In a document tree, each element generates zero or more principal boxes. The layout of that boxes is governed by:

1. Box dimensions

Box model

The perimeter of each of the four areas (content, padding, border, and margin) is called an “edge”, each box has four edges:

  • content edge or inner edge: The content edge surrounds the rectangle given by the width and height of the box, which often depend on the element’s rendered content. The four content edges define the box’s content box.
  • padding edge: The padding edge surrounds the box padding. If the padding has 0 width, the padding edge is the same as the content edge. The four padding edges define the box’s padding box.
  • border edge: The border edge surrounds the box’s border. If the border has 0 width, the border edge is the same as the padding edge. The four border edges define the box’s border box.
  • margin edge or outer edge: The margin edge surrounds the box margin. If the margin has 0 width, the margin edge is the same as the border edge. The four margin edges define the box’s margin box.

In other words:

  • content area is the area formed by the content edge.
  • padding area is the area formed by the content edge and padding edge.
  • border area is the area formed by the padding edge and the border edge.
  • margin area is the area formed by the border edge and the margin edge.

2. Margins

2.1. margin property

Margin properties specify the width of the margin area. The margin shorthand property sets the margin for all four sides.

Vertical margins have no effect on non-replaced inline-level elements:

<div id="box">
  <p>Lorem Ipsum is <em>simply dummy text of the printing and typesetting industry</em>.</p>
</div>

Percentage margins are calculated with respect to the width of the containing block:

<div id="box">
  <p>Lorem Ipsum is simply dummy text of the printing and typesetting industry.</p>
</div>

Check out Computing widths and margins for more info.

2.2. Collapsing vertical margins

Two adjoining vertical margins collapse if:

  • both belong to in-flow block-level boxes that participate in a same block formatting context.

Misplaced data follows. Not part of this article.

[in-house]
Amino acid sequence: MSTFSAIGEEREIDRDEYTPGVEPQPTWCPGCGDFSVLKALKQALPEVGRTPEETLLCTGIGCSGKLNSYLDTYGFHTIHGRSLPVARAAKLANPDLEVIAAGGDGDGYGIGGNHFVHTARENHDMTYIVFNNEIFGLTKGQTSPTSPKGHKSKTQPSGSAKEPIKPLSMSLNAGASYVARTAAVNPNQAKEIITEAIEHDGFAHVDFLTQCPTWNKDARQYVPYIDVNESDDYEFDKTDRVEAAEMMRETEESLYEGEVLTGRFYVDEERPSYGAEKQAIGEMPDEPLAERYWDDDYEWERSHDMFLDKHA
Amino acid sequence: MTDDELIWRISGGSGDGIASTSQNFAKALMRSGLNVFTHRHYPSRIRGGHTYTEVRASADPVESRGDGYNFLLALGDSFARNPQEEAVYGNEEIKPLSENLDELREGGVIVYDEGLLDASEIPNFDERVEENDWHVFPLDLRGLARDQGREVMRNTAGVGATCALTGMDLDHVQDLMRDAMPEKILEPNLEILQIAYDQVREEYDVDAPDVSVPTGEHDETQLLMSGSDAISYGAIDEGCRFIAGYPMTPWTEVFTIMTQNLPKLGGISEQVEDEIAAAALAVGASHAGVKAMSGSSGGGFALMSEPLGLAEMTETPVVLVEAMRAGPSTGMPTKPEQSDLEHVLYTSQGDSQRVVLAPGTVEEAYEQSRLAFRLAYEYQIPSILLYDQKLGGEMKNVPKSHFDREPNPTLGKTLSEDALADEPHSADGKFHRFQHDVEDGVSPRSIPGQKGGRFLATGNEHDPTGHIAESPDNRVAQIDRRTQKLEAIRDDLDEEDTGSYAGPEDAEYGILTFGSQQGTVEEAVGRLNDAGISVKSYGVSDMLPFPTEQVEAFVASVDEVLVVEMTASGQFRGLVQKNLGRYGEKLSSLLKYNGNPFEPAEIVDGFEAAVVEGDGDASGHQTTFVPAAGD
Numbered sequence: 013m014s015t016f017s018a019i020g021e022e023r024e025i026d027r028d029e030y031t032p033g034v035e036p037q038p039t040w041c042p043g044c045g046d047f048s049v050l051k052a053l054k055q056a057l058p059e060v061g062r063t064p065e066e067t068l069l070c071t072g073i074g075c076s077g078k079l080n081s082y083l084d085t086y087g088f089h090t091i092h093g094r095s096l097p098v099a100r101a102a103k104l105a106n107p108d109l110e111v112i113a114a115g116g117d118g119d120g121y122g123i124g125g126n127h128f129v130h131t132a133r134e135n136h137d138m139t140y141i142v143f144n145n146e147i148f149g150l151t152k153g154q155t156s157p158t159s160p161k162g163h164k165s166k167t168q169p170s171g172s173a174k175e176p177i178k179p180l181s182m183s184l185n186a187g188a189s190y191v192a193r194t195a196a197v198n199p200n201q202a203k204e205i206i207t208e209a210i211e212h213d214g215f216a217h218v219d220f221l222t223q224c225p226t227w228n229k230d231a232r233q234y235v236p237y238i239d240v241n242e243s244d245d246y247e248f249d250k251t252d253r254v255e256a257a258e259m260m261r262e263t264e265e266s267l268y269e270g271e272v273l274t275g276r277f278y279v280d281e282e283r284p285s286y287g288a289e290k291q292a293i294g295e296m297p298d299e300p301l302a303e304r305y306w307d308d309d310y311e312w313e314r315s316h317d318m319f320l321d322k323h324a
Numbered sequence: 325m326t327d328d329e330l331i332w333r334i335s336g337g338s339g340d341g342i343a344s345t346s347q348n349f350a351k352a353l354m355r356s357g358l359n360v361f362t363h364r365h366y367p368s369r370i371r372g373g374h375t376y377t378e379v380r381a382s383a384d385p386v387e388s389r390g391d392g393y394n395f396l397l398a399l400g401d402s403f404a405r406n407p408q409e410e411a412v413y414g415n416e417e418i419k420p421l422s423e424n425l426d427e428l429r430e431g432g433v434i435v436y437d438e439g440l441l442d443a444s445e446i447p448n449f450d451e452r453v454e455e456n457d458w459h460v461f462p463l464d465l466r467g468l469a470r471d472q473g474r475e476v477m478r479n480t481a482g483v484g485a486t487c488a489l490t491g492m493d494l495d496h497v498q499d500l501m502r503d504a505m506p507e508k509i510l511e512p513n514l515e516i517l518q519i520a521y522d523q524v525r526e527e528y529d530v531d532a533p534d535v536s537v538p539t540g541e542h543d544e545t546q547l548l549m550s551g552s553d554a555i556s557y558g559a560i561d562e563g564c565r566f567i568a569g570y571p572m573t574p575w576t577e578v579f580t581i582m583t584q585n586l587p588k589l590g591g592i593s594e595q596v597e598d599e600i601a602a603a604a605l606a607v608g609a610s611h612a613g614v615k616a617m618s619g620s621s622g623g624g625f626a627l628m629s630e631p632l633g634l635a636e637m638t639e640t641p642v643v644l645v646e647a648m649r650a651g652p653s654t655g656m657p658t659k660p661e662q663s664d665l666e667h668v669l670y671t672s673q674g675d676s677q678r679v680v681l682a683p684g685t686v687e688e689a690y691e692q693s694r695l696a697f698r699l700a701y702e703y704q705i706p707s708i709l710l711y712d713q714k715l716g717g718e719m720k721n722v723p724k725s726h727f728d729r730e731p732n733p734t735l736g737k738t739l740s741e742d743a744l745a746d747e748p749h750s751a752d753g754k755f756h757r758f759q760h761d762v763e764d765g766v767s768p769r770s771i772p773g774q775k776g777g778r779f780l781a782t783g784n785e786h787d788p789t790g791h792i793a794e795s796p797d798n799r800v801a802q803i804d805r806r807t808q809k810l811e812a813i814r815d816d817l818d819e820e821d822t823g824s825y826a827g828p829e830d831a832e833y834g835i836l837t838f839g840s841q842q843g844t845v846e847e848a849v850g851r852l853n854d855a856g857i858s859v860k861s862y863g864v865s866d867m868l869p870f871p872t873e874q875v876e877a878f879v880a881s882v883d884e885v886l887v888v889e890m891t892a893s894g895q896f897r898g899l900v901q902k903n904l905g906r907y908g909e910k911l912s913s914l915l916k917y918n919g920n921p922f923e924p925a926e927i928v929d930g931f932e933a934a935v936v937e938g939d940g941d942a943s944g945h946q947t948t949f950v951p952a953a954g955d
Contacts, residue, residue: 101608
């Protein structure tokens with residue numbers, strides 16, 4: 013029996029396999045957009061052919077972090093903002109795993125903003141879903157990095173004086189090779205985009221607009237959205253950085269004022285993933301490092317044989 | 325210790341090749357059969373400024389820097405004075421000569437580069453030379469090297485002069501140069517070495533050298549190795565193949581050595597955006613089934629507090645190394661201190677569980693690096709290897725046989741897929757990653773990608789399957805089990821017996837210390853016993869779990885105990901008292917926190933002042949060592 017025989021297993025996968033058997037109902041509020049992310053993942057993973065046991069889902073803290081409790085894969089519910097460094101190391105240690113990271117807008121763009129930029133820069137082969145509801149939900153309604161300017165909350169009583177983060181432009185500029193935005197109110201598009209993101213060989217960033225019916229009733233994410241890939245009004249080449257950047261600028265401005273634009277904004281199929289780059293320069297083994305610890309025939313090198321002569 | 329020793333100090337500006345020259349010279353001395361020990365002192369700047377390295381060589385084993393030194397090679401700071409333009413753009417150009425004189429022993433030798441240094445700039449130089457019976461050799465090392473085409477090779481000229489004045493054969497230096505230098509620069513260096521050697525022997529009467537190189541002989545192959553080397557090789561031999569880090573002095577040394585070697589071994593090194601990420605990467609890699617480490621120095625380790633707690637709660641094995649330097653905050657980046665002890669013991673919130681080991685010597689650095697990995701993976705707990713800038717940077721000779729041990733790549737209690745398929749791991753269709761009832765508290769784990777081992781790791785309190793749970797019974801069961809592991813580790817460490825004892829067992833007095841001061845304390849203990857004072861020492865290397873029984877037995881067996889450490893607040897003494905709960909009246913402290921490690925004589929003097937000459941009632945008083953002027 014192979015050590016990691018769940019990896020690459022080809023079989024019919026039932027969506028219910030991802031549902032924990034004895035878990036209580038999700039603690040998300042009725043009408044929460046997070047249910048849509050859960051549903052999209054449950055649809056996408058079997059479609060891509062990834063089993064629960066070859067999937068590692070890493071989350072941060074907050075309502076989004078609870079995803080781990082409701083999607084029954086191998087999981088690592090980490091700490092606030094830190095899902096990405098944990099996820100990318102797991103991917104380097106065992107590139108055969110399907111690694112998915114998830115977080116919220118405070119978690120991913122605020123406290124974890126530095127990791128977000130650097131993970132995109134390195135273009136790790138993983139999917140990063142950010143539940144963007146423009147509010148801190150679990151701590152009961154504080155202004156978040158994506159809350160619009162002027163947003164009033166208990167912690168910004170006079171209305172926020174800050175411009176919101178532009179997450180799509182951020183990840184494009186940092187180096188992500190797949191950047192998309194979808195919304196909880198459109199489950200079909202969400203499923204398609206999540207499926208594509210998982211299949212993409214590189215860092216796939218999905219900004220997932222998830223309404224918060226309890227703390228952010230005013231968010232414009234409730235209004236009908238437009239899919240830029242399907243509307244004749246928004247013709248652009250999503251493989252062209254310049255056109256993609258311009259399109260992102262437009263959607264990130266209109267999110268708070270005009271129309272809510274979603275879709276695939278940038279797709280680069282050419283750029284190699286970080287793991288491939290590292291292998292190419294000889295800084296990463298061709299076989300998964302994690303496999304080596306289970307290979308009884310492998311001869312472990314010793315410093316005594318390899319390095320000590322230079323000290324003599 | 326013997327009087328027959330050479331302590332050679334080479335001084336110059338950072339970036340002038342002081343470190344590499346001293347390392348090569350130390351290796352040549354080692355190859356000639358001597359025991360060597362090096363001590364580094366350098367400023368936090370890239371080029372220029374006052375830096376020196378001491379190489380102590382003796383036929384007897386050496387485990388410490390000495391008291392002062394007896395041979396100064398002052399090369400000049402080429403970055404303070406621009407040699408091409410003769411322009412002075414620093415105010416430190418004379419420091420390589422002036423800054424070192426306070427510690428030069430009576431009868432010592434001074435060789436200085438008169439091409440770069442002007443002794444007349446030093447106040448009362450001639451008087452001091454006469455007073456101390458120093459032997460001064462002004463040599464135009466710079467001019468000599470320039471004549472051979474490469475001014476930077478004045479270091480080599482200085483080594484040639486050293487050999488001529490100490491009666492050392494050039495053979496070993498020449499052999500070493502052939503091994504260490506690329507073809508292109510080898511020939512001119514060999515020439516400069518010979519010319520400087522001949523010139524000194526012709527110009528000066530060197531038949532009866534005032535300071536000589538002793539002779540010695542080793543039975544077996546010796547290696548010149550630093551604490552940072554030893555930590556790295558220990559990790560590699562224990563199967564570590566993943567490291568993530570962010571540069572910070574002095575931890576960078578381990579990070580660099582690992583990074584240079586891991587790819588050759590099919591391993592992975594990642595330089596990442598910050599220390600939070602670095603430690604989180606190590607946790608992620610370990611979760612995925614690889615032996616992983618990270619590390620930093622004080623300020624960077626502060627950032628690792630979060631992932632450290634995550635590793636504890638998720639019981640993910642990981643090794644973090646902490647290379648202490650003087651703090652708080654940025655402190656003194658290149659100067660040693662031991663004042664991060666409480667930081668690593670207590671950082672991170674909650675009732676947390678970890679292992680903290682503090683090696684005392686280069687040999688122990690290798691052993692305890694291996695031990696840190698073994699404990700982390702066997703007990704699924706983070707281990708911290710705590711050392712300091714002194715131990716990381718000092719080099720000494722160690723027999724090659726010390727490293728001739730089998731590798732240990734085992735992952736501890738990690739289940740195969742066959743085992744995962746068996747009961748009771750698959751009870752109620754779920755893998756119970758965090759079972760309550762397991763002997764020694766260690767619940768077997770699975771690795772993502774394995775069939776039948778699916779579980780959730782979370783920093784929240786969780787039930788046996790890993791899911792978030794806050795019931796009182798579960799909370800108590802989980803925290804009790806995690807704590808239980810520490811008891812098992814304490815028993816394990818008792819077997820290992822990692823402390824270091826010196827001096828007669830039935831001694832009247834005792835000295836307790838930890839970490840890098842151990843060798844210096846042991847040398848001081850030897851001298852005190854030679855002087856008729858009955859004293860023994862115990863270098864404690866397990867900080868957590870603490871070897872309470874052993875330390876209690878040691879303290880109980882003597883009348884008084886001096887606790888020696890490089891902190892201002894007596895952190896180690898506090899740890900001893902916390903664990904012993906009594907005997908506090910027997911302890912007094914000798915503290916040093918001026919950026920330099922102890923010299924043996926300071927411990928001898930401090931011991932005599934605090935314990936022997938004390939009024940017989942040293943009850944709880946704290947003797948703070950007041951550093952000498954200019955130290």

• no line boxes, no clearance, no padding and no border separate them.
  • both belong to vertically-adjacent box edges, i.e. form one of the following pairs:
    • top margin of a box and top margin of its first in-flow child.
    • bottom margin of box and top margin of its next in-flow following sibling.
    • bottom margin of a last in-flow child and bottom margin of its parent if the parent has auto computed height.
    • top and bottom margins of a box that does not establish a new block formatting context and that has zero computed min-height, zero or auto computed height, and no in-flow children.

3. Paddings

Padding properties specify the length of the area that is between the content edge and the padding edge. Values for paddings cannot be negative.

Non-percentage paddings are straightforward and easy to calculate:

#box span {
    background-color: #b0e57c;
    font-size: 16px;
    line-height: 1;
    padding-top: 2em;
    padding-right: 2em;
}

As you can see, both top and right have 32px (2 x 16px) of computed padding.

Percentage paddings are calculated with respect to the width of the containing block, even for vertical paddings. For example:

#box span {
    background-color: #b0e57c;
    line-height: 1;
    padding-top: 10%;
    padding-right: 10%;
}

If we don’t declare a width for a block-level box, and the box has static or relative position, the padding push inwards instead of outward:

#box p {
  background-color: #b0e57c;
  line-height: 1;
  padding-top: 10px;
  padding-right: 10px;
}